While we still don't know everything that's going on at Hydroswing in Cottonwood, it, for now, has the makings of an unhappy ending.
Different people will tell you different things about where the company stands. Some will say it's closed down for good and that everyone has lost their job. The Independent hasn't gone that far; we've reported on what we've been told by Hydroswing headquarters in the United Kingdom - that it's going through a reorganization phase. The last time we were able to reach someone from Hydroswing - which manufactures hydraulic-powered overhead doors?- we were told a statement would be issued sometime this week. We have yet to hear from them.
It hasn't been easy contacting Hydroswing in the UK, both for the Independent, as well as for private contractors and vendors from around the United States who want to know what exactly is going on.
Since the Independent's initial story about Hydroswing hit newsstands and cyberspace a couple weeks ago, we've received a handful of calls from companies around the country that have either begun litigation or are about to. They've all lost money, or so they are left to assume, and are all rightfully upset at the prospect of not getting their deposits back or not receiving the product(s) they've ordered and have coming to them.
And they all have questions that deserve answers.
Two-plus years ago, the news was all good. Hydroswing had a new owner and a new business outlook. Production was increasing and then-owner Marshal Parker reaffirmed the company's commitment to Cottonwood. So if the Cottonwood plant does, indeed, shut down, it would be a shame for the city and the area, as potentially more than a dozen area residents would be out of a job. Even if it doesn't, we're concerned about the company's future prospects here. Word of mouth works both ways and if Hydroswing does come out of this, it won't be unscathed.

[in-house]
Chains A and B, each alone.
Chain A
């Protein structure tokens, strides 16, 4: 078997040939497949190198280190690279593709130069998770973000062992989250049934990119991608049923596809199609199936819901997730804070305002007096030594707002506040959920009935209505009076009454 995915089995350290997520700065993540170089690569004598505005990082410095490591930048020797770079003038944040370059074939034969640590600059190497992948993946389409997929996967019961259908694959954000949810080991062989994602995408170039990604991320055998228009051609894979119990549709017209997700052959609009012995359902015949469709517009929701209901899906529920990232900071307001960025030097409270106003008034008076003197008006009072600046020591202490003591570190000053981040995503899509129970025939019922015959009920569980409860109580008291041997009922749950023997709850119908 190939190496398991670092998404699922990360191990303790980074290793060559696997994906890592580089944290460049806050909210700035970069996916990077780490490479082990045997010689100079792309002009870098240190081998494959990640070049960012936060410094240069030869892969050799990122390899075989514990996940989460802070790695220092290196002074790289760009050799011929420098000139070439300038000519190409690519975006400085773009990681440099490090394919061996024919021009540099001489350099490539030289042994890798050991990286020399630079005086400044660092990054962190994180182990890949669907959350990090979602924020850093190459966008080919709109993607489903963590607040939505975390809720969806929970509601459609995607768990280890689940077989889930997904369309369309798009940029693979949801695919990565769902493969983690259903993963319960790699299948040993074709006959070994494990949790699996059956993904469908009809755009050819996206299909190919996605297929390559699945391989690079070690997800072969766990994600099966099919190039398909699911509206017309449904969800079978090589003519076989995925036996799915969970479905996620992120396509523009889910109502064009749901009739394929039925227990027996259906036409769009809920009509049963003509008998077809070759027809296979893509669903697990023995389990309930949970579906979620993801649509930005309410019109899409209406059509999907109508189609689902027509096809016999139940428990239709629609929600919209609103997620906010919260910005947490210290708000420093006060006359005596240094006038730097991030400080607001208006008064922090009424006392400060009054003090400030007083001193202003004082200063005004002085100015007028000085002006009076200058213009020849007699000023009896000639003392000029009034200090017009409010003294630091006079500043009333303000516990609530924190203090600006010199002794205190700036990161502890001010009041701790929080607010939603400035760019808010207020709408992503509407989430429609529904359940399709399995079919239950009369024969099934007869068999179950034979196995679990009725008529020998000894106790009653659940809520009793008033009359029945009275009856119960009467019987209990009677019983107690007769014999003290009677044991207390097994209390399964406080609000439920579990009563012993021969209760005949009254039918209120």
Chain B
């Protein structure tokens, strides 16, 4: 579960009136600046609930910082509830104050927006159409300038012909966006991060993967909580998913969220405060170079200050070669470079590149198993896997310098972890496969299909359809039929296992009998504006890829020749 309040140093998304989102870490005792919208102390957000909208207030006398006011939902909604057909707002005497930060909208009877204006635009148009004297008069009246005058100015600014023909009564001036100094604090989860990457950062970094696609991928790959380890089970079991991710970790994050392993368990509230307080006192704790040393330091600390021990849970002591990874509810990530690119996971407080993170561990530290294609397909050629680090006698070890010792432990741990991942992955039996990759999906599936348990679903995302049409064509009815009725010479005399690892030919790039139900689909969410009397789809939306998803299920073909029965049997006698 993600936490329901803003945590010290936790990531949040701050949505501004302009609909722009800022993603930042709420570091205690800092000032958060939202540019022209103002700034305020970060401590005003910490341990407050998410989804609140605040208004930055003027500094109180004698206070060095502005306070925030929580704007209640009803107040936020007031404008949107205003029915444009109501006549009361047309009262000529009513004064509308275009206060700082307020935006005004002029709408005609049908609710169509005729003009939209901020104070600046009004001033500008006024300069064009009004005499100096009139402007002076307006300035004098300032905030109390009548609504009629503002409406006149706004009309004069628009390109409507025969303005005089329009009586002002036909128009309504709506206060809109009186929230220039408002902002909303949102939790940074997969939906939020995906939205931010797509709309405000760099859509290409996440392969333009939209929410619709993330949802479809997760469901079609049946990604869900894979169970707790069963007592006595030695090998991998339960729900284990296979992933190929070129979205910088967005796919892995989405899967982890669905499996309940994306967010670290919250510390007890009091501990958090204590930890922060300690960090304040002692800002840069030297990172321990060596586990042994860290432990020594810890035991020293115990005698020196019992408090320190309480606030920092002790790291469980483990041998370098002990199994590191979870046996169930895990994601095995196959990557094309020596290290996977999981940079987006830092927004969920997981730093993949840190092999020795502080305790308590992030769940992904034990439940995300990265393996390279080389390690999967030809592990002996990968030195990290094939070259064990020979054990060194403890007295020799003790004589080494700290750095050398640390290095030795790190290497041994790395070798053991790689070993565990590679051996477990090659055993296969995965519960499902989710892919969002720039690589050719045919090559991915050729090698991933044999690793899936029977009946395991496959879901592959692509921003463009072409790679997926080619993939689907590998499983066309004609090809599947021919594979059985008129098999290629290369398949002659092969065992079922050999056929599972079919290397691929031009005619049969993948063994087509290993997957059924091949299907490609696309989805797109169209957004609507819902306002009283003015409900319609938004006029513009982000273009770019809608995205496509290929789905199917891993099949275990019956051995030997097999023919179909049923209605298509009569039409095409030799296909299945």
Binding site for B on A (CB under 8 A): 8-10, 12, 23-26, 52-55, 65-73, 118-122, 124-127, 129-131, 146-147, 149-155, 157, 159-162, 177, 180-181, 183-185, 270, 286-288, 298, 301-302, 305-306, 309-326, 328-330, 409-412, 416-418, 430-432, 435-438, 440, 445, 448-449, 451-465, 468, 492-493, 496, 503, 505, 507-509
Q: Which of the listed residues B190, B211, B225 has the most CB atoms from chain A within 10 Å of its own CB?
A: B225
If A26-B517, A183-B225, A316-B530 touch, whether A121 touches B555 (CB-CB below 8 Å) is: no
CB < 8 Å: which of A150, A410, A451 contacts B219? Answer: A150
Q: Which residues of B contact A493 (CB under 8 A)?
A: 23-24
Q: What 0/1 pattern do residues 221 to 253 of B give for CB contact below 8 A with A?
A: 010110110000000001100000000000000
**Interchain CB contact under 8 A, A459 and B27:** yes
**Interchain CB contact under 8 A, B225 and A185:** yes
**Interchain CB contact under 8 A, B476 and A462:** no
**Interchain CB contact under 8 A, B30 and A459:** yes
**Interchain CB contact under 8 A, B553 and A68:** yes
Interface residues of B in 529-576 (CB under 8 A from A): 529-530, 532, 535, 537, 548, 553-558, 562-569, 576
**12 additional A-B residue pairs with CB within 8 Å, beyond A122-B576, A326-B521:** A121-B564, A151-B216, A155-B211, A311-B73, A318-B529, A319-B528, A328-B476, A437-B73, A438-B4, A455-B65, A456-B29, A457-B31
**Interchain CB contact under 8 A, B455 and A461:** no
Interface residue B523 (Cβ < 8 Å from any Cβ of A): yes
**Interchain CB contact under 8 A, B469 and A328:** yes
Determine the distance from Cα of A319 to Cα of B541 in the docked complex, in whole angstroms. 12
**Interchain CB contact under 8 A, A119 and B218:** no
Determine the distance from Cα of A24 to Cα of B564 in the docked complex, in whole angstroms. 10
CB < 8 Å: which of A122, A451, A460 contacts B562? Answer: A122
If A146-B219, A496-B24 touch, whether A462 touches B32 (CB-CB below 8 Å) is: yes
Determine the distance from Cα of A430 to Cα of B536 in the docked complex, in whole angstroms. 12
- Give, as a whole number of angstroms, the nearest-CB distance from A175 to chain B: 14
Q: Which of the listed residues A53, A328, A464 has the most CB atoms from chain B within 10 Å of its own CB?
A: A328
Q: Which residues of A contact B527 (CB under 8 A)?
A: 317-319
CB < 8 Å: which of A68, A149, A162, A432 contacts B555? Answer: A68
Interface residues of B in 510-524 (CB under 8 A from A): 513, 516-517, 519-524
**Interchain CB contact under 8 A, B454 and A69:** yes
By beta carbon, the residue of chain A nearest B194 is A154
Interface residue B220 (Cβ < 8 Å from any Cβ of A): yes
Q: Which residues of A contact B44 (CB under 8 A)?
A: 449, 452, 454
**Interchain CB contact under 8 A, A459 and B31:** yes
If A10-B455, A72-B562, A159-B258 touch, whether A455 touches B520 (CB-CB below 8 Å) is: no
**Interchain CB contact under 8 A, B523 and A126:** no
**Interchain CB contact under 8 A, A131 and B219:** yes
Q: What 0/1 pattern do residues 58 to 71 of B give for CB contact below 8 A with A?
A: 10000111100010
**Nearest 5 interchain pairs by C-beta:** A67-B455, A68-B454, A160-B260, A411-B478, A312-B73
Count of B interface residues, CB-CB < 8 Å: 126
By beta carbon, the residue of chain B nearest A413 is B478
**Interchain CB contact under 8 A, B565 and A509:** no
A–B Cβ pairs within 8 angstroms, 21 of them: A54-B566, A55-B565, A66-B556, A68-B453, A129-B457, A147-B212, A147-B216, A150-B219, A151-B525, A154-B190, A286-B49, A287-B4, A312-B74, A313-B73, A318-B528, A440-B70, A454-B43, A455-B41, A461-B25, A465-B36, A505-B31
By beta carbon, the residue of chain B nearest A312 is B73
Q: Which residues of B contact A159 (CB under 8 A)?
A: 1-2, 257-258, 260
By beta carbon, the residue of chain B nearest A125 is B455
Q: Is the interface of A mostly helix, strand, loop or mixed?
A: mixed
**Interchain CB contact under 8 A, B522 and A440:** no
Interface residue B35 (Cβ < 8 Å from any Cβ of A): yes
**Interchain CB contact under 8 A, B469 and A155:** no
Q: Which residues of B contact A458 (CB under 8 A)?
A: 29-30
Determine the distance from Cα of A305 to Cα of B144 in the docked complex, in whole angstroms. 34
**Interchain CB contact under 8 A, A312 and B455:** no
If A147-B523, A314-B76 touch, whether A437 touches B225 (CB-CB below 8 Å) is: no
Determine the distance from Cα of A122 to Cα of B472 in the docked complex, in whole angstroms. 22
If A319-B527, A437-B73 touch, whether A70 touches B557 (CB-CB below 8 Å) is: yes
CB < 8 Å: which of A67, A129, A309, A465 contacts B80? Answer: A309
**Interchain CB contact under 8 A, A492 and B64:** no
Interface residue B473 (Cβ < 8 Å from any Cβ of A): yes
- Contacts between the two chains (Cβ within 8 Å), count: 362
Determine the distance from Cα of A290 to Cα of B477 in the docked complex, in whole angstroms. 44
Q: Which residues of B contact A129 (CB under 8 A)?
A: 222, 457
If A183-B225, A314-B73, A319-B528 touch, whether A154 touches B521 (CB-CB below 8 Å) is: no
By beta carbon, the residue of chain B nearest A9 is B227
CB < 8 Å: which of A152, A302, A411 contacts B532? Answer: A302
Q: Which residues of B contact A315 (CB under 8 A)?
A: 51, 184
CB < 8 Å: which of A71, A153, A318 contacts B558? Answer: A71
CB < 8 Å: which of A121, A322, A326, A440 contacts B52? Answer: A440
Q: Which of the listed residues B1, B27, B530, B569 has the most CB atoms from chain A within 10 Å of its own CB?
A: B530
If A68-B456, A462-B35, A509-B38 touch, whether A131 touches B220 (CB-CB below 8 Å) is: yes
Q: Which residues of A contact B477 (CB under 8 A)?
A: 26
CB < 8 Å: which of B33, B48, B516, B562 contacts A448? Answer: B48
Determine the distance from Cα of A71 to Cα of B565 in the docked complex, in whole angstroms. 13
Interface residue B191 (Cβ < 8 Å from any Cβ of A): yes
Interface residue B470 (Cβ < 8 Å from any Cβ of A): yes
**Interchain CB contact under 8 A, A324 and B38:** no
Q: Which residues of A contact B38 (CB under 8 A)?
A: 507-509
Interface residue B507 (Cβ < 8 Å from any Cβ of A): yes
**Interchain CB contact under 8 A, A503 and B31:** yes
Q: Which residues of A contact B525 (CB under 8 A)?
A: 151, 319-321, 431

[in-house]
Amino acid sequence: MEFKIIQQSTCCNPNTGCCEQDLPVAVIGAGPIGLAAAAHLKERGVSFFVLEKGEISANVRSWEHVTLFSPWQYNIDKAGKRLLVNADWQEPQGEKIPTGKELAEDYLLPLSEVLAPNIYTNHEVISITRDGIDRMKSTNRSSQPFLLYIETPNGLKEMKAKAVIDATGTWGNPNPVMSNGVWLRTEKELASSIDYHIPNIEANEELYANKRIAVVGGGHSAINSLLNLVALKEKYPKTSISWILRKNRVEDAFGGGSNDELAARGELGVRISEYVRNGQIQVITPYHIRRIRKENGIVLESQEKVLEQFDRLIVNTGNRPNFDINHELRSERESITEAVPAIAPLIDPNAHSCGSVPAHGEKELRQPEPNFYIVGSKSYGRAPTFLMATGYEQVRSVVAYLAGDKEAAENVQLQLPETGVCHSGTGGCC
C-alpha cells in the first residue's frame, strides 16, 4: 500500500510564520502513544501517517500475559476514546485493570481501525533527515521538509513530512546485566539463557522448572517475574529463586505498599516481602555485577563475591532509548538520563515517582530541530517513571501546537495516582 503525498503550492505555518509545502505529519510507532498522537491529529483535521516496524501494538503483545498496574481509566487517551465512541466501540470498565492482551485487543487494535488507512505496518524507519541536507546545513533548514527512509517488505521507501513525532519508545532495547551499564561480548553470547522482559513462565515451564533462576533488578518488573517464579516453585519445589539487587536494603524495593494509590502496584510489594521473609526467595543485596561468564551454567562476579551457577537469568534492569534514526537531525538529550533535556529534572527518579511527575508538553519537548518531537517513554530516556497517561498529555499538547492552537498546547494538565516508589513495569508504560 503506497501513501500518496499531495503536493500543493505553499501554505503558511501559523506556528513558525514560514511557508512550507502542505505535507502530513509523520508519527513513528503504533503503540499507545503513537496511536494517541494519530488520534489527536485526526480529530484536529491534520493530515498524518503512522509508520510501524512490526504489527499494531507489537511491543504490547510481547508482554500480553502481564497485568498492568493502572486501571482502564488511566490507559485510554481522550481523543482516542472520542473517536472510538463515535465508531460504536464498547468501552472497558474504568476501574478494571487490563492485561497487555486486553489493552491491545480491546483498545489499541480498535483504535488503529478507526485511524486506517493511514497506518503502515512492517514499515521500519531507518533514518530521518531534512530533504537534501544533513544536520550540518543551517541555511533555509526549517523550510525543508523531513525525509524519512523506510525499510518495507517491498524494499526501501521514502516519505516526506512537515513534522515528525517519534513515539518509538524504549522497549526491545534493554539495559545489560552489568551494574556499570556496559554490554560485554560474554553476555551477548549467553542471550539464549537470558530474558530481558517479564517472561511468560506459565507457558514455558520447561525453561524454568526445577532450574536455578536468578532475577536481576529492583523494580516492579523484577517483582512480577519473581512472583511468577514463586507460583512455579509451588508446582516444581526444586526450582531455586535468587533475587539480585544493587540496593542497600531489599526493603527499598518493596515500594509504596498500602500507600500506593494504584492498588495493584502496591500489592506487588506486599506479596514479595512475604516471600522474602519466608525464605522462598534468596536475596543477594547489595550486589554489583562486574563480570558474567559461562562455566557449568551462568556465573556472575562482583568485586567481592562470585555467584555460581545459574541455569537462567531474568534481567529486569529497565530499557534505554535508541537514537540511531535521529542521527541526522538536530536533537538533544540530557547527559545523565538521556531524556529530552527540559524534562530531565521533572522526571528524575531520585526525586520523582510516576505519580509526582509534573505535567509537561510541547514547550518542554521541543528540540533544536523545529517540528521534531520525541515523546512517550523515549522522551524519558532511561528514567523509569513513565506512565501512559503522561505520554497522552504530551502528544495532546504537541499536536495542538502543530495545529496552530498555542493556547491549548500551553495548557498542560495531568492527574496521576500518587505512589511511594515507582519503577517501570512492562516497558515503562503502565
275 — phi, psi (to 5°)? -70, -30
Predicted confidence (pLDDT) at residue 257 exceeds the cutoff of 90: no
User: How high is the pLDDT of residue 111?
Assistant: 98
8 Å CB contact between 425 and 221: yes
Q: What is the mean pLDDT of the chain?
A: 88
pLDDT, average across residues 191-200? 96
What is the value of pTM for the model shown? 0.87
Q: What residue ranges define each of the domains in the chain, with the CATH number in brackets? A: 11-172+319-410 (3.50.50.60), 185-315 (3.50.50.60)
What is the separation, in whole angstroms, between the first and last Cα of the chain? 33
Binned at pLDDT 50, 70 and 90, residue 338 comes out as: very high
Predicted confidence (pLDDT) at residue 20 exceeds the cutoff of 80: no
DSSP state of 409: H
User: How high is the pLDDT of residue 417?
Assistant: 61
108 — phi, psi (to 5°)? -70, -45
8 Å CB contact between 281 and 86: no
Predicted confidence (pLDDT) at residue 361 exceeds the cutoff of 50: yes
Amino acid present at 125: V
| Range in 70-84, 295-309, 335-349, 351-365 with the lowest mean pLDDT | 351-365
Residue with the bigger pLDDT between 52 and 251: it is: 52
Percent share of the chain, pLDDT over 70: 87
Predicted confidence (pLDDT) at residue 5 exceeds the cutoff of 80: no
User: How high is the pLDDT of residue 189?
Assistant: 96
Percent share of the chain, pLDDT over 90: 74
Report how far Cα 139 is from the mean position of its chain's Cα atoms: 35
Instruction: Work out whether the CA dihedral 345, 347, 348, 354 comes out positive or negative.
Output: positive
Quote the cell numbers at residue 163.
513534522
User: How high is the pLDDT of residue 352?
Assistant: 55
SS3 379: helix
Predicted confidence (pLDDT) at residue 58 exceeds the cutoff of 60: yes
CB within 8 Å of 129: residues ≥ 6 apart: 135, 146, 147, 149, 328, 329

This has the potential of being a public relations nightmare for the company, which is already facing legal action from various businesses. Will construction companies and current clients now trying to work with Hydroswing ever put their faith in them again in the future? We hope so, because in this economic climate no one wants to see a big company close the doors of its small plants that call rural cities like Cottonwood home.
But from the outside looking in, a return to prosperity could be a stretch. From North Carolina to California, a certain level of trust, it appears, has been breached.